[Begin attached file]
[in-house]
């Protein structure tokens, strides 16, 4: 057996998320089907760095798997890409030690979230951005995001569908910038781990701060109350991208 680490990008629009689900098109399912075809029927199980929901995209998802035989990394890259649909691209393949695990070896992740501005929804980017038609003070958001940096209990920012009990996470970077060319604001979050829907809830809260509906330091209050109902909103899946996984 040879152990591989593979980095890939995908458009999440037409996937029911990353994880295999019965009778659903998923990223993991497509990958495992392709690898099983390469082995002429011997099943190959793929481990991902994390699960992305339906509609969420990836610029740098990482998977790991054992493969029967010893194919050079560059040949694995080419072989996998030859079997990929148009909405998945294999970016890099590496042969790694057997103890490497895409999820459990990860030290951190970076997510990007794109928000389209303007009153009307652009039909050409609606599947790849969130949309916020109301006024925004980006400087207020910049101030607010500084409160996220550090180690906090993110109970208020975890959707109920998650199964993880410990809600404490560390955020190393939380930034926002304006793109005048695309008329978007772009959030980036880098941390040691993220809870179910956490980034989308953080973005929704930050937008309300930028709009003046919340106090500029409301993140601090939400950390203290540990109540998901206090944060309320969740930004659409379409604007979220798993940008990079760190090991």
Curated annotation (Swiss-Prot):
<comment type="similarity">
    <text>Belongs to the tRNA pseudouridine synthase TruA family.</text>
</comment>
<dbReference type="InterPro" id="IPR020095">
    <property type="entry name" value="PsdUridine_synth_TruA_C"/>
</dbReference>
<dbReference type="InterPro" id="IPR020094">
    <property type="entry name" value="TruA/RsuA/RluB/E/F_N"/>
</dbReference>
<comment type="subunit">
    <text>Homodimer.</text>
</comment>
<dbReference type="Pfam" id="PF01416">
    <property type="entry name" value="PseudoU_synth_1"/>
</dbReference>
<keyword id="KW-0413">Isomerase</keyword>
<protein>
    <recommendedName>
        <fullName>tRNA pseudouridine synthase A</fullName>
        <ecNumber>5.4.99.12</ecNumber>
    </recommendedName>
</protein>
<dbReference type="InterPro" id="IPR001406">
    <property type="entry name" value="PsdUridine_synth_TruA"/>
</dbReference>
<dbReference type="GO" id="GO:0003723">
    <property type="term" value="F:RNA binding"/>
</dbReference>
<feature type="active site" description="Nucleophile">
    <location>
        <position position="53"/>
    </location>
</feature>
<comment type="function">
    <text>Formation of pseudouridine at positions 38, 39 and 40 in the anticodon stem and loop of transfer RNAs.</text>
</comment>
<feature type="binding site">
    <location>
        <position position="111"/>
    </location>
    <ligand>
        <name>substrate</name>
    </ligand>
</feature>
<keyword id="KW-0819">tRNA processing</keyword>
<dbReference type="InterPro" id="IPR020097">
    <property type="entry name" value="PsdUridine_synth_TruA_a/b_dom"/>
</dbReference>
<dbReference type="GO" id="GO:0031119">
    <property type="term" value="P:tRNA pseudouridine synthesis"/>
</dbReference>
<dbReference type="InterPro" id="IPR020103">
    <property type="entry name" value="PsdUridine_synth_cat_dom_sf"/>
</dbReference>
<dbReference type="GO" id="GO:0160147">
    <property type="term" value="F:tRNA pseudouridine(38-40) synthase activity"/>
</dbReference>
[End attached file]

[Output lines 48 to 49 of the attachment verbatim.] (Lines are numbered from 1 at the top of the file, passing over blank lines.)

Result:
<keyword id="KW-0819">tRNA processing</keyword>
<dbReference type="InterPro" id="IPR020097">